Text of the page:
Artículo en PDF
How to cite
Complete issue
More information about this article
Journal's homepage in redalyc.org
Sistema de Información Científica
Red de Revistas Científicas de América Latina y el Caribe, España y Portugal
Rev. Int. Contam.
Ambient.
13
(2), 87-95, 1997
EVALUATION OF COMPOSITlON AND EVAPORATiON BEHAVIOR OF COMMERCIAL THINNER SAMPLES
EXPENDED M MEXICO
m
Joel REZA, Gabriela SALAZAR and Arturo TREJO
Gerencia de Investigación Aplicada de Procesos, Subdirección de Transformación Industrial, Instituto Mexicano del Petróleo, Eje
Central Lázaro Cárdenas
152,07730
D. F., México.
(Recibido marzo
199 7,
aceptado septiembre
1997)
Keywords: thinner, volatile organic compounds, gas chromatography, solvent evaporation rate
ABSTRACT
The chemical composition of 34 thinner samples obtained in the Metropolitan
Area
of Mexico City was
quantified by gas chromatography. Both the total number and the composition of each of the identified
compounds showed great variations from one sample to another. Nonetheless, toluene, n-hexane, acetone
and nietliaiiol were the iiiost frequently and highest concentration conipounds identified in this study. By
using a thermodynaniic model of solvent blend evaporation, which accounts for mixture non-idealities in
tentis ol coinporient activity coefíicients, the evaporation time versus solvent composition (solvent
balance) curves were calculated for 1 O of theanalyzed samples. The calculated evaporatioti rate showed a
broad specúum in their behavior (fast, intermediate and low). Regarding solvait balance, in the 10 samples
considered, tlie low solvency components (diluents) were evaporated disproportionately slow in regard to
latent and high solvency (active) solvents. Tlie high solvency components rapidly became depleted in the
residual solvent. This leads to the undesirable effect known as solvent imbalance. The appreciable differ-
ences observed in the total nuniber of compounds and iii their compositions, along with tlie evaporatioii
behavior of the analyzed samples lead to conclude that apparently no technical, environmental or toxico-
logical criteria were applied to formulate the cornrnercial analyzed samples.
RESUMEN
Se presentan resultados de la composición química, obtenidos por medio de un estudio por cromatografia
de gases, de 34 muestras de adelgazadores comerciales (tíner) obtenidas en diversas zonas geográficas de la
Zona Metropolitana de la Ciudad de México. Tanto la cantidad como la concentración de los compuestos
detectados denotaron una gran variabilidad en las diferentes niuestras estudiadas. Sin embargo, se observó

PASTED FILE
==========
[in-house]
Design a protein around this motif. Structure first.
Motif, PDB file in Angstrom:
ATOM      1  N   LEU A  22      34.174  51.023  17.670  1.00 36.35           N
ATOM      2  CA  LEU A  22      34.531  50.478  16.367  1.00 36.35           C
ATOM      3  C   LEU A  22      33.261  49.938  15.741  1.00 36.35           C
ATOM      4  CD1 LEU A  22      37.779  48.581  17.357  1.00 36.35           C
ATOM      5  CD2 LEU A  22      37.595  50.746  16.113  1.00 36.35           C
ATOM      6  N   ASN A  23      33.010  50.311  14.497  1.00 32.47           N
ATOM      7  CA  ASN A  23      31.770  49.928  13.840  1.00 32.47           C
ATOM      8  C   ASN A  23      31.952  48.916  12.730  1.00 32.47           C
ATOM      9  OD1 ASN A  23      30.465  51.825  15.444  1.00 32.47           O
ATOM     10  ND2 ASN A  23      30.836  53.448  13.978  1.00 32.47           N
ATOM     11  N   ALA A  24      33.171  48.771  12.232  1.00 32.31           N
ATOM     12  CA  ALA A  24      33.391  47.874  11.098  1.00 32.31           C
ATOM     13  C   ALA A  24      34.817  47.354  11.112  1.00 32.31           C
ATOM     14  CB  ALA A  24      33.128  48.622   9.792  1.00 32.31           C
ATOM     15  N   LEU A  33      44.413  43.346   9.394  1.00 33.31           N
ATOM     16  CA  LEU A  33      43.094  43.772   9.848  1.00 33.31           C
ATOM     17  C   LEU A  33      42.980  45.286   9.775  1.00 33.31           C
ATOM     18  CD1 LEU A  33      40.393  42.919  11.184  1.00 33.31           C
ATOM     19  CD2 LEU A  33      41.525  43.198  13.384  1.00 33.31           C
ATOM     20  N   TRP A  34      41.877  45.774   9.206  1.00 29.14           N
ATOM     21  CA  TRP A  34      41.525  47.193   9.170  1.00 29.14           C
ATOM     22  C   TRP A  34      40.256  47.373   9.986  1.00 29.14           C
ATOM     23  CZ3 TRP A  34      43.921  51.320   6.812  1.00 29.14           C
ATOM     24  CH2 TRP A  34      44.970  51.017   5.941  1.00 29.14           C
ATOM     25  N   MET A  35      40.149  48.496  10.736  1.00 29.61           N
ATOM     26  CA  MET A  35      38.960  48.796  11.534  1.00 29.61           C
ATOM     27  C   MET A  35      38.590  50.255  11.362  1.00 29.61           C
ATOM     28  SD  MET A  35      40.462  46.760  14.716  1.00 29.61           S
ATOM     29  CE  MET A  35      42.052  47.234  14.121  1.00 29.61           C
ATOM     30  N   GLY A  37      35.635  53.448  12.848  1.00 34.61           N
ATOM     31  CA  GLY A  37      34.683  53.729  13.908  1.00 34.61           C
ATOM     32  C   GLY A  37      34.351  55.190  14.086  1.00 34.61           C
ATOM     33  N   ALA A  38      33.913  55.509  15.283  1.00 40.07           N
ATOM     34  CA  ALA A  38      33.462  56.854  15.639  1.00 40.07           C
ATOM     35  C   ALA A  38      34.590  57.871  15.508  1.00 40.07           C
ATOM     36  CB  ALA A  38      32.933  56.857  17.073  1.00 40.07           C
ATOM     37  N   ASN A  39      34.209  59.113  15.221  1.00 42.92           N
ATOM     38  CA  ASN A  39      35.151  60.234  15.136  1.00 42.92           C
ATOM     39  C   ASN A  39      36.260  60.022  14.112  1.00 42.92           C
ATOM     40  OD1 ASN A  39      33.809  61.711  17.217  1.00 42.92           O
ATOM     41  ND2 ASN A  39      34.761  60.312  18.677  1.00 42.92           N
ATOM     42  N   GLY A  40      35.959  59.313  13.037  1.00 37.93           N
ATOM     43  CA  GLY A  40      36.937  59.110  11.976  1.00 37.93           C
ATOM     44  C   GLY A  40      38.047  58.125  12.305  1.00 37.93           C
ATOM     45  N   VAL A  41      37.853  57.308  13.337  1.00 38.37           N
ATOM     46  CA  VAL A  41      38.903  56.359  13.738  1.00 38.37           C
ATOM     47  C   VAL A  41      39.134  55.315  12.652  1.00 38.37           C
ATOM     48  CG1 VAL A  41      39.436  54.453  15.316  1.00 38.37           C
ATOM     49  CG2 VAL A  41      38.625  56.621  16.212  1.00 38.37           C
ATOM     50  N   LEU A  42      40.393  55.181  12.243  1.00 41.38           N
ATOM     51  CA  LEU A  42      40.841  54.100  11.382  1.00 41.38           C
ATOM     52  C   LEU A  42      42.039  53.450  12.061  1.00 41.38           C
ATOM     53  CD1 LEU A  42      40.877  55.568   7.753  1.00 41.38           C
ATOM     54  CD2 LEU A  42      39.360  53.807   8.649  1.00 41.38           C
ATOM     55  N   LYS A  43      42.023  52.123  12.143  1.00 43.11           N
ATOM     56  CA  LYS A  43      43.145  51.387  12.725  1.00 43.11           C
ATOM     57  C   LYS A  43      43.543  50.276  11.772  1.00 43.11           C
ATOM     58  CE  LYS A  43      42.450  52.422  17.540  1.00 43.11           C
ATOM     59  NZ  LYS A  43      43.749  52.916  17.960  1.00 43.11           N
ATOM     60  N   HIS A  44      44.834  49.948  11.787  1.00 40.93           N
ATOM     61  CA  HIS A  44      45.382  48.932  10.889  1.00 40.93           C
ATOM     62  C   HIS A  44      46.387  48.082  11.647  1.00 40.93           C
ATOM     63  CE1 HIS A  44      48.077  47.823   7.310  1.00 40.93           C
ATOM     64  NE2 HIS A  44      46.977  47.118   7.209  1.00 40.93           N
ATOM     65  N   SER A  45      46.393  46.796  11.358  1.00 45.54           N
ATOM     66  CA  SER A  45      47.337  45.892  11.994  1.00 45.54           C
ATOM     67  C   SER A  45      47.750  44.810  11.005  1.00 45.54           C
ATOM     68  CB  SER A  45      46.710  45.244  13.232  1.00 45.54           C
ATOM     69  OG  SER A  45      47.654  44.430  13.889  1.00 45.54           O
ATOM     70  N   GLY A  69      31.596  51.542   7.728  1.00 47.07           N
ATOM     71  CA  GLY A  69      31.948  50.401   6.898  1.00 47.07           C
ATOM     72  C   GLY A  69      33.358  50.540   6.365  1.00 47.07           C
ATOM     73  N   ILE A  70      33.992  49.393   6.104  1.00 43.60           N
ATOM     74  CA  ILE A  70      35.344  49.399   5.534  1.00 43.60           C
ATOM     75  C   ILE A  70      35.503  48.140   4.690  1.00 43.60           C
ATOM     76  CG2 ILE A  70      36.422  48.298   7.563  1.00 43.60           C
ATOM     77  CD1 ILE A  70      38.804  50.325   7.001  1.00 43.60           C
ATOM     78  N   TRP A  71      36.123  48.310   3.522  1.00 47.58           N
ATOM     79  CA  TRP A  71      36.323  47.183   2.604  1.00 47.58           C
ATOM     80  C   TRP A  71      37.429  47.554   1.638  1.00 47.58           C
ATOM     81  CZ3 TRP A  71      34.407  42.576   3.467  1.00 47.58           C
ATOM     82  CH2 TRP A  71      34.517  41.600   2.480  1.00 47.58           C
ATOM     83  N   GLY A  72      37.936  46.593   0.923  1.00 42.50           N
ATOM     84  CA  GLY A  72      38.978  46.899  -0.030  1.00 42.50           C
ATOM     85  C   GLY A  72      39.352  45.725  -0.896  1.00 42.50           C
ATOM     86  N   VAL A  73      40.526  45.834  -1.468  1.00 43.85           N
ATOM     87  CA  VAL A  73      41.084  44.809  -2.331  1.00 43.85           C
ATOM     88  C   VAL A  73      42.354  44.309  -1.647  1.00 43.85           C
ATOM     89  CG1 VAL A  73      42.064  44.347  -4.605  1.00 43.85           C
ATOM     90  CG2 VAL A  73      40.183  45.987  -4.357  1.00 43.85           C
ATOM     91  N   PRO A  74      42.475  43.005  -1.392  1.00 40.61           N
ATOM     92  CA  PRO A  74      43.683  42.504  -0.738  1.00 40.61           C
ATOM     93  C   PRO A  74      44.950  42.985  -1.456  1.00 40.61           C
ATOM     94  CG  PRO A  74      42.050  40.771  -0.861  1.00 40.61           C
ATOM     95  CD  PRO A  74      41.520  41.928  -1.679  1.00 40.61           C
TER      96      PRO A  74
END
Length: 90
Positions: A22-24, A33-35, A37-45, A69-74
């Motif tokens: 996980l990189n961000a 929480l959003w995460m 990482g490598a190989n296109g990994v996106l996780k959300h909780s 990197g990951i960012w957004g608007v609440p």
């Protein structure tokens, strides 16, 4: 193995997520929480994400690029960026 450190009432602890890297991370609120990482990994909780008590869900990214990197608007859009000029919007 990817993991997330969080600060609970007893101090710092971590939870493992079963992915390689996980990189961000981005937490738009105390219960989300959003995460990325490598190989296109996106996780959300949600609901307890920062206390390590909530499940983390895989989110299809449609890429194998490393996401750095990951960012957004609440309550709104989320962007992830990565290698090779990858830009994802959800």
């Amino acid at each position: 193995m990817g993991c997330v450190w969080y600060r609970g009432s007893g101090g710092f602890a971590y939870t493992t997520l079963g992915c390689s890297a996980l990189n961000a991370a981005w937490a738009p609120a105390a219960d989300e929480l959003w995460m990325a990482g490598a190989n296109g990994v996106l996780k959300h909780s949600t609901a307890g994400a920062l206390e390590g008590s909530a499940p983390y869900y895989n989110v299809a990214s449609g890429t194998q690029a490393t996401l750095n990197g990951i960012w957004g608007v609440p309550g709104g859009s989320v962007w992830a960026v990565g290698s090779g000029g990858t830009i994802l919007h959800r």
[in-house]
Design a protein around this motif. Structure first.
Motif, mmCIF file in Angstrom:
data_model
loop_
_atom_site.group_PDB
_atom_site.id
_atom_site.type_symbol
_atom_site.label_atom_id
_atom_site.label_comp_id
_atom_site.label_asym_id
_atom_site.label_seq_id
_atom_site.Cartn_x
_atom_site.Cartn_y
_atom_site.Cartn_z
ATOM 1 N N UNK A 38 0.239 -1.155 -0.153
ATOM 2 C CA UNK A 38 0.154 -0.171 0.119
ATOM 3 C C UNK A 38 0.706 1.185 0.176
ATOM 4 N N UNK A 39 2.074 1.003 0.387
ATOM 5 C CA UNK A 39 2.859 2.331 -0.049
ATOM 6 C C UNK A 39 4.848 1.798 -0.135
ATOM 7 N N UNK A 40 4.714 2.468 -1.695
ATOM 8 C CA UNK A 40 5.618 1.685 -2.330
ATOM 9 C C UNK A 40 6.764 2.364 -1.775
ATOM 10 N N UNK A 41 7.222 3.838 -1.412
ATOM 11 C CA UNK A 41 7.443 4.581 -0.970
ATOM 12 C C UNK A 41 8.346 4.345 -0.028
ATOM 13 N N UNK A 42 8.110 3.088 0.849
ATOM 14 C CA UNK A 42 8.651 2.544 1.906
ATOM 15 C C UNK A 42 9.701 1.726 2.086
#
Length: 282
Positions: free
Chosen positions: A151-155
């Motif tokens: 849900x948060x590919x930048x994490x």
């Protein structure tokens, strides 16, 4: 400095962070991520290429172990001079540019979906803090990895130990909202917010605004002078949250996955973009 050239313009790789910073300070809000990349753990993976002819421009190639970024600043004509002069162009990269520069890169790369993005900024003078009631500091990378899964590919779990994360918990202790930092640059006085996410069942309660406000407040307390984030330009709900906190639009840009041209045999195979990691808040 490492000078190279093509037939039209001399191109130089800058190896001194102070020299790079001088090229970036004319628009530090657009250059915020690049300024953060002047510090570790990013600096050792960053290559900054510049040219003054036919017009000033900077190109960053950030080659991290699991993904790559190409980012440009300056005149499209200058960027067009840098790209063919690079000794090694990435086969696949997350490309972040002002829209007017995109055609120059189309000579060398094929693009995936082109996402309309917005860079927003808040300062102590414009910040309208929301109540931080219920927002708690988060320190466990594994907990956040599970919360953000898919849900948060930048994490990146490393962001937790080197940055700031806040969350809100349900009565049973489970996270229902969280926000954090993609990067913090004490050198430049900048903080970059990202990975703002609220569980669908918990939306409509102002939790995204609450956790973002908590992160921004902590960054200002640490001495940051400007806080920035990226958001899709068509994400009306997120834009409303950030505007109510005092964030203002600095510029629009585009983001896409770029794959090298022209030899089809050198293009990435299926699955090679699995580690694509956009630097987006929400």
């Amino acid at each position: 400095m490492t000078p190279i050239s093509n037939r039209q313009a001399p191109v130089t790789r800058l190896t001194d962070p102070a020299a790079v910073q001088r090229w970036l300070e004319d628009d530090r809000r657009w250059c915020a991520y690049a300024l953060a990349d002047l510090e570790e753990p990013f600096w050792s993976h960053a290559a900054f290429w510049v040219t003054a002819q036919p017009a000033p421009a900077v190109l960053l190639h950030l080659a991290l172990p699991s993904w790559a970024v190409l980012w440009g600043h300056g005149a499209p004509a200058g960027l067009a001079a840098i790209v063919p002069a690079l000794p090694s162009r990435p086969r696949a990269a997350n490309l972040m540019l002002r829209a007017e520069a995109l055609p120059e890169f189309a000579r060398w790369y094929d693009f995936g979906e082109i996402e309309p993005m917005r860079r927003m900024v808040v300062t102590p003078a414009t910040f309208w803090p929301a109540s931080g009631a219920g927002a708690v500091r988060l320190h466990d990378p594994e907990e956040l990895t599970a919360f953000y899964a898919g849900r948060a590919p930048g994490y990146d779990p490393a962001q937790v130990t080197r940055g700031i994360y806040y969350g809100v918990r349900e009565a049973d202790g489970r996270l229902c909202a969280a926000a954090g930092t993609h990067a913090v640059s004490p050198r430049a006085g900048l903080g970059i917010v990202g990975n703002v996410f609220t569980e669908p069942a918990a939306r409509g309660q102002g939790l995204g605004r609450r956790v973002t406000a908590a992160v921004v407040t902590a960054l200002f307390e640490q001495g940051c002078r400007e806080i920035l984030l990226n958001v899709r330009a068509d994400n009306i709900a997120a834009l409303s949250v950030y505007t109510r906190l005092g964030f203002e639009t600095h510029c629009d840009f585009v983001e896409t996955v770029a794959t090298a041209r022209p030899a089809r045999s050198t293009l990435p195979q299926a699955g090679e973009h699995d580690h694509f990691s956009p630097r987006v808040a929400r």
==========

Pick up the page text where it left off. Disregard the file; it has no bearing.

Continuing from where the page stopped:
que el tolueno, el n-hexano, la acetona y el metano1 fueron las sustancias que se presentaron con mayor
frecuencia y en concentraciones mas altas en todas las muestras de tíner. Con base en los valores de la
composición de las muestras de tíner analizadas y empleando un modelo termodinámico, que consideró el
comportamiento no ideal de éstas
en
téminos de coeficientes de actividad, se calculó el comportamiento de
evaporación de algunas de las muestras de tiner estudiadas. En general las muestras consideradas no
presentaron un buen "balance disolvente". Las diferencias tan apreciables observadas tanto
en
el número de
compoiientes como en la composición, así como en el comportamiento de evaporación de las muestras
estudiadas indican que probablemente no se aplican normas ni criterios para definir sus características
técnicas, ambientales o de toxicidad para aplicaciones comerciales e industriales específicas.
INTRODUCI20N
ing on the solvent or solvency capacity towards a given poly-
mer or resin, the components of tlie tlumer are classified in three
A thinner is a cominercial mixture of volatile organic com-
groups: active solvents, cosolvents or latent solvents and
pounds (VOC's) widely used to manufacture and apply many
diluents. The active solvents are those VOC's which have the
products such as paints, lacquers, adhesives, and inks. The thin-
capacity to dissolve apolymer or resin in industrial and commer-
ner is formulated as a mixture from relatively pure solvents and
cial products such as paints, adhesives and inks, and help to
each solvent has a specific function in the formulation. Depend-
define important properties of these products such as viscosity,
J.
Reza
et
al
solids content and evaporation rate. Tlie latent solvent is not a
solvent by itself but enhances tlie solvent capacity of tlie active
solvent witli wliicli it is generally blended. Tlie diluent does not
have any solvent effect but helps to control the costs in the
solvent mixture production. Tlie behavior of a pure VOC as ac-
tive, latent or diluent depends on the polyiner or resin to dis-
solve (Nelson et
al.
1970). So, tlie specific use to wliich it is
given and the final quality expected are factors that determine
the type and concentration of each VOC in a thinner sample.
Therefore, it is not possible to establish a generic thinner for-
mula for a broad spectrum of applications (Walsham and Edwards
197 1). However, some aspects to consider during thinner formu-
lation are: (1) the concentration of VOC's in a thinner sample
must vay according to the values given in table
1,
(2) tlie quality
of a tliinner is related to its diluent concentration as indicated in
table
11
and (3) the content of the latent solvent must be in a 1:3
ratio witli respect to tlie active solvent concentration (Gutiérrez-
Flores 1975).
TABLE
1.
TYPICAL COMPOSITION OF A THINNER
-
Solvent
Composition
(%
volume)
Active
Latent
Diluent
TABLE
11.